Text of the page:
9. The charging of a single price is not decisive, neither is whether the funding for the services provided comes from more than one source. If the circumstances of the transaction indicate that customers intend to purchase two distinct services, it is unlikely that there is a single supply.

10. More information can be found in Business Briefs 02/01 and 03/02 obtainable on the HMRC website at or from the Customs National Advice Service on 0845 010 9000.

VAT Exempt Services

11. Unless supplied as an ancillary element of a single taxable supply, the following services are exempt from VAT:

(a) Residential accommodation in premises other than a hotel, inn, boarding house or similar establishment.

(b) Support that consists of welfare services provided by a:

  • Charity (this includes organisations registered with the Charity Commission in England and Wales; registered societies within the meaning of the Industrial and Provident Societies Act 1965; any registered society or branch within the meaning of the Friendly Societies Act 1974; and organisations recognised as charitable by the Inland Revenue. NOTE - Companies limited by guarantee that have charitable objectives are not necessarily charities
  • public body (such as a local authority), or
  • state regulated private welfare institution (an establishment that provides care, which is registered with, and regulated by, the National Care Standards Commission, or a similar regulatory body). NOTE - RSLs are not state regulated welfare institutions.

Welfare Services

12. For the purposes of VAT exemption, welfare services are those directly connected with:

  • care, treatment or instruction that are designed to promote the physical or mental welfare of elderly, sick, distressed or disabled persons; or
  • the care or protection of children and young persons.

13. Whether an activity is a VAT exempt welfare service depends not only upon the status of the provider, but also upon the purpose for which the service is provided and the needs of the beneficiary. It is not possible to provide a definitive list of services that will be VAT exempt in all circumstances. However, Customs regard the following as potentially eligible for VAT exemption as welfare services when provided by a charity, public body or state regulated private welfare institution to elderly, sick, distressed, disabled people, or to children or young people:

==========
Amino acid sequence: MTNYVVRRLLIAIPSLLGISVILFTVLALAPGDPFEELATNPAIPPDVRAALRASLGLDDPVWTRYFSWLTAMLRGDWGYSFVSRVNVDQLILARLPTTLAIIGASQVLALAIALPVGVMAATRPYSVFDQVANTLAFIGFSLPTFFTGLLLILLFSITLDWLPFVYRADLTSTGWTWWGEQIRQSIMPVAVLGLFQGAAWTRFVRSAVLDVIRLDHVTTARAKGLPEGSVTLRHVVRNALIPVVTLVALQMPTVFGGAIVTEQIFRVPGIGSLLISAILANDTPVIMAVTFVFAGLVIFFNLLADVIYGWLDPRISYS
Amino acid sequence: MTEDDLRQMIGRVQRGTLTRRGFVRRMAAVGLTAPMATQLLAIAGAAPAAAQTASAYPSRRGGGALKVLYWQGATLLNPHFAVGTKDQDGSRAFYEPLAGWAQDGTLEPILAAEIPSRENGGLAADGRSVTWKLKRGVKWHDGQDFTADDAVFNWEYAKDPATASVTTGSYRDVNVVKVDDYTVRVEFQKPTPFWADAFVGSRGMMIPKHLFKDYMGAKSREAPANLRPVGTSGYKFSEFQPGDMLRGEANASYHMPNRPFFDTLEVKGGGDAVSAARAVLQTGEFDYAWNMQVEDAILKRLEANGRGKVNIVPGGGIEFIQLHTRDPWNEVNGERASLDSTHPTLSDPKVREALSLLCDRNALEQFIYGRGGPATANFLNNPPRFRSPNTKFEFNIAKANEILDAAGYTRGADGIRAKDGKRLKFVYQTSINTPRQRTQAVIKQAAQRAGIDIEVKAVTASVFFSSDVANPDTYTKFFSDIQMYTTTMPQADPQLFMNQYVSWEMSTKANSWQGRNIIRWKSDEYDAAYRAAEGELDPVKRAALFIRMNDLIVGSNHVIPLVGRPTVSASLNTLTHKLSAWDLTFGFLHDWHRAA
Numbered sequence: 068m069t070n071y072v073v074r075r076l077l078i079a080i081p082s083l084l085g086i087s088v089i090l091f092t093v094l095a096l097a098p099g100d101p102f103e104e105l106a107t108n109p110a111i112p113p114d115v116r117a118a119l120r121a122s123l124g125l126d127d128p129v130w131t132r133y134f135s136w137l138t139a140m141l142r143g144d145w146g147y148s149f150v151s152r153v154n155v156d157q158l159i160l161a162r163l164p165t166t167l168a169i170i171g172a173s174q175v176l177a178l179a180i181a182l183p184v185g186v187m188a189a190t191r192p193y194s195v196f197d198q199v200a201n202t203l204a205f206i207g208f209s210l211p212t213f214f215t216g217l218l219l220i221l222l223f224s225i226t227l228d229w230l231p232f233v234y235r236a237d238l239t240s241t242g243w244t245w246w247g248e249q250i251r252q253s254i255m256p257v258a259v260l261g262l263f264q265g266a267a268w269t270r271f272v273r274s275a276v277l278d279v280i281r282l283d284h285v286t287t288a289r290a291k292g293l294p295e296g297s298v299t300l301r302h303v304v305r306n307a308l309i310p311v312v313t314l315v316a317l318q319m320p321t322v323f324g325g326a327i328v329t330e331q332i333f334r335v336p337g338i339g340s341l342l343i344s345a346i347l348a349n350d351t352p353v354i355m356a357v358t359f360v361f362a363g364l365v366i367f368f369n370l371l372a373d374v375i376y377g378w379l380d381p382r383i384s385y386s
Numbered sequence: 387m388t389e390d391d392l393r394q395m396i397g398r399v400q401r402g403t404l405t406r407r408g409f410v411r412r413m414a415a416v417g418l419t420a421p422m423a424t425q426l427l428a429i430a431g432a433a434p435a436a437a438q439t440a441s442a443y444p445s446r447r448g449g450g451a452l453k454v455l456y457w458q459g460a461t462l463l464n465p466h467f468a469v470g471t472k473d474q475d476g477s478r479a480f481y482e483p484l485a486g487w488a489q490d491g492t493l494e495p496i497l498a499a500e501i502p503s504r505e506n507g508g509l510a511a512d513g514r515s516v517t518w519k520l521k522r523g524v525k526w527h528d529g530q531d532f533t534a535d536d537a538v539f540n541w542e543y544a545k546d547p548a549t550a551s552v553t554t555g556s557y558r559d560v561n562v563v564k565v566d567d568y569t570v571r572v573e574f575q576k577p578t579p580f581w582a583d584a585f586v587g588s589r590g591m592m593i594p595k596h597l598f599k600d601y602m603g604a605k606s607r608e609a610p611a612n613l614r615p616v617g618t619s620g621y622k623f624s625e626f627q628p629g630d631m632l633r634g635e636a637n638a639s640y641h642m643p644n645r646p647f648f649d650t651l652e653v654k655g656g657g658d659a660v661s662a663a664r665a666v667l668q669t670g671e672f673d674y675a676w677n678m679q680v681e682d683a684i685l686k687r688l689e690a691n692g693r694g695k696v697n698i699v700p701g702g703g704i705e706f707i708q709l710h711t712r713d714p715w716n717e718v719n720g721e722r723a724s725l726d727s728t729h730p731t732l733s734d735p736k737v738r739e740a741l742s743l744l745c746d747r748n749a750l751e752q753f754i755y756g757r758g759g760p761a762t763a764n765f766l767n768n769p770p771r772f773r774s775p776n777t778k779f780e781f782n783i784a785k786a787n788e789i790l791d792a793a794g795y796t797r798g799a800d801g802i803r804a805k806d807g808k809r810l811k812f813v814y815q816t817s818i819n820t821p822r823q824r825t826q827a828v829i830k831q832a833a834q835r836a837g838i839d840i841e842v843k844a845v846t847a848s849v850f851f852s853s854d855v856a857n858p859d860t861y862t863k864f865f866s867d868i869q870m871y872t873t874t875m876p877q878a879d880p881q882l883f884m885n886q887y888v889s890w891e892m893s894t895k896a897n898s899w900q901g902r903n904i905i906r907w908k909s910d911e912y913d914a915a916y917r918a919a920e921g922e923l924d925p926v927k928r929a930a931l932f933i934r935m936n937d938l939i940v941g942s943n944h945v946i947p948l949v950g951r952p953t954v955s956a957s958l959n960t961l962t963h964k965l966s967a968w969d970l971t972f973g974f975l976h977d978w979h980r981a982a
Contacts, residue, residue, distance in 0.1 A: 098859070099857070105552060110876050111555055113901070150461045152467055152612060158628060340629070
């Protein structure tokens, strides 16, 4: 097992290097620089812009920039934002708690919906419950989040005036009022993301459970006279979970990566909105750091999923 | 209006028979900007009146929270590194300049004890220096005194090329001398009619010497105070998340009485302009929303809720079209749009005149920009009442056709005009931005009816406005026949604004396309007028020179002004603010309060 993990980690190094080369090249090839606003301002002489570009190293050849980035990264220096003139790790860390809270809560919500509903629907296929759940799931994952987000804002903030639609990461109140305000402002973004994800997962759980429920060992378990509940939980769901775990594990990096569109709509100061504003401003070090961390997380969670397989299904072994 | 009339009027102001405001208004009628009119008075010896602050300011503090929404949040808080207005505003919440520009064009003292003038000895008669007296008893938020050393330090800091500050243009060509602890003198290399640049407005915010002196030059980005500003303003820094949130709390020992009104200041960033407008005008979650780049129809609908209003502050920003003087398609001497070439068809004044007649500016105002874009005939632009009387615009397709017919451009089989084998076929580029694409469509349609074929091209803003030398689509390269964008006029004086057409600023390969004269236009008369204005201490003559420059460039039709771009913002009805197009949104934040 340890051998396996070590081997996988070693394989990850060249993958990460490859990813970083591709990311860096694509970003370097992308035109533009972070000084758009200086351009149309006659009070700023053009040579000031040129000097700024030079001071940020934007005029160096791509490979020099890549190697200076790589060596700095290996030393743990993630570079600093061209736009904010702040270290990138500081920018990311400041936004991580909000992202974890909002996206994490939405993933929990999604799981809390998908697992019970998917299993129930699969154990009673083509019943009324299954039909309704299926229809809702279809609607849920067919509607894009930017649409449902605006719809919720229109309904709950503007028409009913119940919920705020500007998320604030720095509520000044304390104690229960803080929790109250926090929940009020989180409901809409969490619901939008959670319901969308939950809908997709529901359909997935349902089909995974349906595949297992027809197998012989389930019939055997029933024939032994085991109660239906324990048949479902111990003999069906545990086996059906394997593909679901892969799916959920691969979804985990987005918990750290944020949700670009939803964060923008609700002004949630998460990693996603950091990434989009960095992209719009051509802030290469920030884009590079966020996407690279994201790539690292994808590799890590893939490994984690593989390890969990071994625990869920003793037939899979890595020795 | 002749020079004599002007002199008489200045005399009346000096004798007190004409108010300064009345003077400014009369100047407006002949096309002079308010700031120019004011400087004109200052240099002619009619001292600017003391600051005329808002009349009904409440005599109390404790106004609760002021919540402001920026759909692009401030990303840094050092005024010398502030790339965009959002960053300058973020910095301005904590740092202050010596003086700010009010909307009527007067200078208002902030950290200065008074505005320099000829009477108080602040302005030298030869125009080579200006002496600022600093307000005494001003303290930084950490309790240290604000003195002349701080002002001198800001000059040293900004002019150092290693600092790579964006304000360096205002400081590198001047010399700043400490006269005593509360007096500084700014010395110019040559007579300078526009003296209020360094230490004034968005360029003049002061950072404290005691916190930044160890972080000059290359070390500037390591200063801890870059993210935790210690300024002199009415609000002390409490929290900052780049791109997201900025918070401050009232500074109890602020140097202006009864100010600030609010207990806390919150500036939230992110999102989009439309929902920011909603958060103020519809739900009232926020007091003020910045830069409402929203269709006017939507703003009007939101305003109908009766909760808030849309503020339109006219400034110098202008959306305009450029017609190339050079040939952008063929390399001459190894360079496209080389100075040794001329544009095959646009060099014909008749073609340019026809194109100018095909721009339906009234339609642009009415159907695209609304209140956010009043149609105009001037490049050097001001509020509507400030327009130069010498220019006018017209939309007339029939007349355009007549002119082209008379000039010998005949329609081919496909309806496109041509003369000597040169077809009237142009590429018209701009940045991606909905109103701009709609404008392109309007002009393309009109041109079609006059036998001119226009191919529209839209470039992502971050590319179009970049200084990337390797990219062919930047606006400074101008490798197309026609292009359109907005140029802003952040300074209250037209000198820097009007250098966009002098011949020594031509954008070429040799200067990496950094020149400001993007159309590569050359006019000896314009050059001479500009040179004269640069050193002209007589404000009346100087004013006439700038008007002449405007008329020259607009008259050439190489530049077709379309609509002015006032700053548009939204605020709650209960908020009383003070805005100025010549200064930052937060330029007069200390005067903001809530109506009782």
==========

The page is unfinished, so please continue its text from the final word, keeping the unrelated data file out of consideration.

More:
• training on welfare related matters;
  • support or instruction designed to develop or sustain a person’s capacity to live independently in the community;
  • protection, control, guidance or companionship required to meet an individual’s personal or domestic needs;
  • general assistance with everyday tasks - including home help services and assistance with routine administration. See Customs Information Sheet 6/99, available on the Customs web site, for further information;
  • housing resettlement support provided after an individual leaves a refuge or institutional care;
  • assistance with management of behavioural problems.

Services subject to VAT

14. Unless supplied as an ancillary element of a single exempt supply, the following services are subject to VAT at the standard rate:

(a) Residential accommodation in a hotel, inn, boarding house or similar establishment.

(b) Housing management services.

(c) Support services that are not welfare services as defined above.

(d) Any support services provided by an organisation that is not a charity, a public body or a state regulated private welfare institution as detailed above. This includes any service provided by a commercial organisation to an individual at a location other than on the premises of an institution registered with the National Care Standards Commission, or a similar regulatory body.

15. Customs intend to introduce a VAT concession for certain commercially provided Homecare services alongside the DTI’s regulations on the private recruitment industry. The detail of this concession has yet to emerge.